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Robinson v. Rippey et al.
the fault is that of the law-makers, and the remedy is in their hands.
We are not unmindful of the general rule that where an act covers the whole subject-matter of the older law and contains provisions that can not be reconciled with it, a repeal will be implied; but, while keeping in mind the rule, we must also keep in mind the principle on which it rests, which is, that the enactment of the new statute covering the whole subject is an expression of an intention to repeal the old law. It is obvious that this reason fails where, as hei-e, there is a positive and unequivocal assertion that there is no intention to repeal the older statute, and where the reason of the rule fails the rule fails. In the face of the express and unequivocal assertion that it is not the intention to repeal any former law, no intention can be implied from the fact that the new statute covers the whole subject. It is difficult to conceive any logical ground upon which an implied intention can be made to rule and override an expressed one, and, certainly, that result can not be permitted where it can, without violating any legal principle or introducing any novel doctrine, be adjudged that the purpose of the new statute was to create a new system. In this case we can not declare that the act of 1885 repeals the former law without utterly disregarding the positive words of the statute and ignoring the familiar rule that repeals by implication are not favored, and that where both statutes may stand neither shall fall.
We can not concur in the view of appellant's counsel, that the act of 1885 is not complete. It is probably true that, detached from all other laws, written and unwritten, it is incomplete in the sense that it can not be practically administered, but it is not to be so detached; on the contrary, it is to be taken as part of one great and uniform system of law, and not as an isolated act, independent of all others. Humphries v. Davis, 100 Ind. 274 (284) (50 Am. R. 788); State v. Boswell, 104 Ind. 541 (545); Robertson v. State, ex Robinson v. Rippey el aL
rei, 109 Ind. 79 (87); Lutz v. City of Orawfordsville, 109 Ind. 466 (468).
No statute stands entirely alone, for, in interpreting and enforcing it, aid is obtained from the rules of the common law as well as from other statutes.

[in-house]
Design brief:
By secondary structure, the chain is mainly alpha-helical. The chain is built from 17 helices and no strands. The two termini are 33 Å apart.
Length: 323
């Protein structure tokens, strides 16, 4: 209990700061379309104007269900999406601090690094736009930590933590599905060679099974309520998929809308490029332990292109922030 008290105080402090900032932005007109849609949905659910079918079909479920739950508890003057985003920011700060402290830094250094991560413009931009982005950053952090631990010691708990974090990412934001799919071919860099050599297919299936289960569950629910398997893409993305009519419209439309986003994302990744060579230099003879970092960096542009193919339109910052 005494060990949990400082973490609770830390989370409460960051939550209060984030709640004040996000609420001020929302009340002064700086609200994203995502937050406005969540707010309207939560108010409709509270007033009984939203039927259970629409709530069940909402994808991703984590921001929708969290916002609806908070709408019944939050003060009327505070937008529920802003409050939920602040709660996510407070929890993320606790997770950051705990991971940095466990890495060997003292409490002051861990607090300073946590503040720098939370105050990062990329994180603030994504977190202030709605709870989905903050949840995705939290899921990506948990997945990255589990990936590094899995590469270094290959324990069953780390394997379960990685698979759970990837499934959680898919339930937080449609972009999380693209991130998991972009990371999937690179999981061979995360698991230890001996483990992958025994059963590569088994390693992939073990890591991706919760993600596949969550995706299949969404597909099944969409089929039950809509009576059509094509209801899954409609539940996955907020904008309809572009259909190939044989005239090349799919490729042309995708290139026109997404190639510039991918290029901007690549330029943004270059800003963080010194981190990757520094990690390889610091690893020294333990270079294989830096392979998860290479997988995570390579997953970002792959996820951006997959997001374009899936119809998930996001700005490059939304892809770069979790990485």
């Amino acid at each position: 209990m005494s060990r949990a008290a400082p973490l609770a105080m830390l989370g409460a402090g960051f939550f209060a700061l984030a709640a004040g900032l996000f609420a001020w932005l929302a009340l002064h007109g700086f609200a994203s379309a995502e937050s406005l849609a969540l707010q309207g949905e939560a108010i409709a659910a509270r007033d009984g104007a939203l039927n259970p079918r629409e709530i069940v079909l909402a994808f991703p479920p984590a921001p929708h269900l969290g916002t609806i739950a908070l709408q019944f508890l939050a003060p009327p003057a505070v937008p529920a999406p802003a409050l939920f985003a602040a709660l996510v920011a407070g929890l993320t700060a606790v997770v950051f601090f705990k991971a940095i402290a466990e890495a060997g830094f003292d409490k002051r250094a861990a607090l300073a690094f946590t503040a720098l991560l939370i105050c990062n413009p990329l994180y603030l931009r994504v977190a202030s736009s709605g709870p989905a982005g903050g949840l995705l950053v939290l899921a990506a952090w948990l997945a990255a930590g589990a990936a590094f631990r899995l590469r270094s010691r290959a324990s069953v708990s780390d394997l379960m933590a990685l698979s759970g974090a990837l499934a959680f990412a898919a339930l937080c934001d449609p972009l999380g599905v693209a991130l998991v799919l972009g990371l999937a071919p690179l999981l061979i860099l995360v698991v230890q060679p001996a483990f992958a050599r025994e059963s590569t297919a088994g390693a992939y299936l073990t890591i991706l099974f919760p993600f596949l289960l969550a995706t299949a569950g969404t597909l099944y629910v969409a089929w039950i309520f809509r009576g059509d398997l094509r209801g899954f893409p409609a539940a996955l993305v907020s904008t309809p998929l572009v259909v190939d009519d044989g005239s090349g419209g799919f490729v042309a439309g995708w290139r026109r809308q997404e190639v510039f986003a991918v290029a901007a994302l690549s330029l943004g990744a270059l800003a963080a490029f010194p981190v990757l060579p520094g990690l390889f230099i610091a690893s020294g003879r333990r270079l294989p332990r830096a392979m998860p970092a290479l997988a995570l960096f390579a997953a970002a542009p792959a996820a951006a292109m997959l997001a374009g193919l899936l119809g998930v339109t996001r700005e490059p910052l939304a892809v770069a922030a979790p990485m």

Mr. Bishop says: "Every statute, as just said, combines and operates with the entire law whereof it becomes a part." Bishop Written Laws, section 7.
It is universally true that every statute in some degree interfuses with the great body of the law of which it forms a part, for, if this were not so, the law would be not merely a mass "of codeless precedents," but a mass of disjointed fragments. Elaborate as our code of civil procedure is, and careful as were the efforts to make it cover the whole field of pleading and practice, resort, nevertheless, is often made to the common law in order to give it just effect. It is upon the great principle we have stated that it has been frequently held that in what are termed special proceedings aid is to be secured from the civil code. Evans v. Eoans, 105 Ind. 204; Bass v. Elliott, 105 Ind. 517; Burkett v. Holman, 104 Ind. «; Burkett v. Bowen, 104 Ind. 184; Powell v. Powell, 104 Ind. 18; Robertson v. State, ex rel., supra.
It is hardly too much to say, that no statute which applies to a general subject, and is to be enforced by judicial proceedings, is to be considered apart from all other laws, for, surely, no one statute of the character indicated can be reasonably deemed the sole repository of the law upon a general subject, governing all its phases and incidents. It would be unreasonable to presume that the Legislature meant to embody the law on such a subject in a single statute. It is, therefore, not a sufficient objection to the act of 1885 that it is not in itself complete and perfect in every part. An examination of the act will, however, disclose that it is far more full in detail and much more specific in its provisions than most statutes.
A repeal of the act of 1877 would lead to very disastrous Robinson v. Bippey et al.
consequences, for it would sweep away assessments made under it,-and leave many counties with heavy burdens, and suffer those who have reaped special benefits to escape payment of the tax imposed upon them in consideration of those benefits. This would result because of the settled rule that the repeal of a statute authorizing the levying of taxes or assessments destroys the lien of such taxes and assessments, unless there is a saving clause in the repealing statute; and in the statute now under immediate discussion there is no saving clause. Marion, etc., G. R. Co. v. Sleeth, 53 Ind. 35; Webb v. Brandywine, etc., T. P. Co., 55 Ind. 441; Gorley v. Sewell, supra. We do not believe the Legislature intended to sweep away all former uncollected assessments, and, for that reason, among others, declared that the former law was not repealed.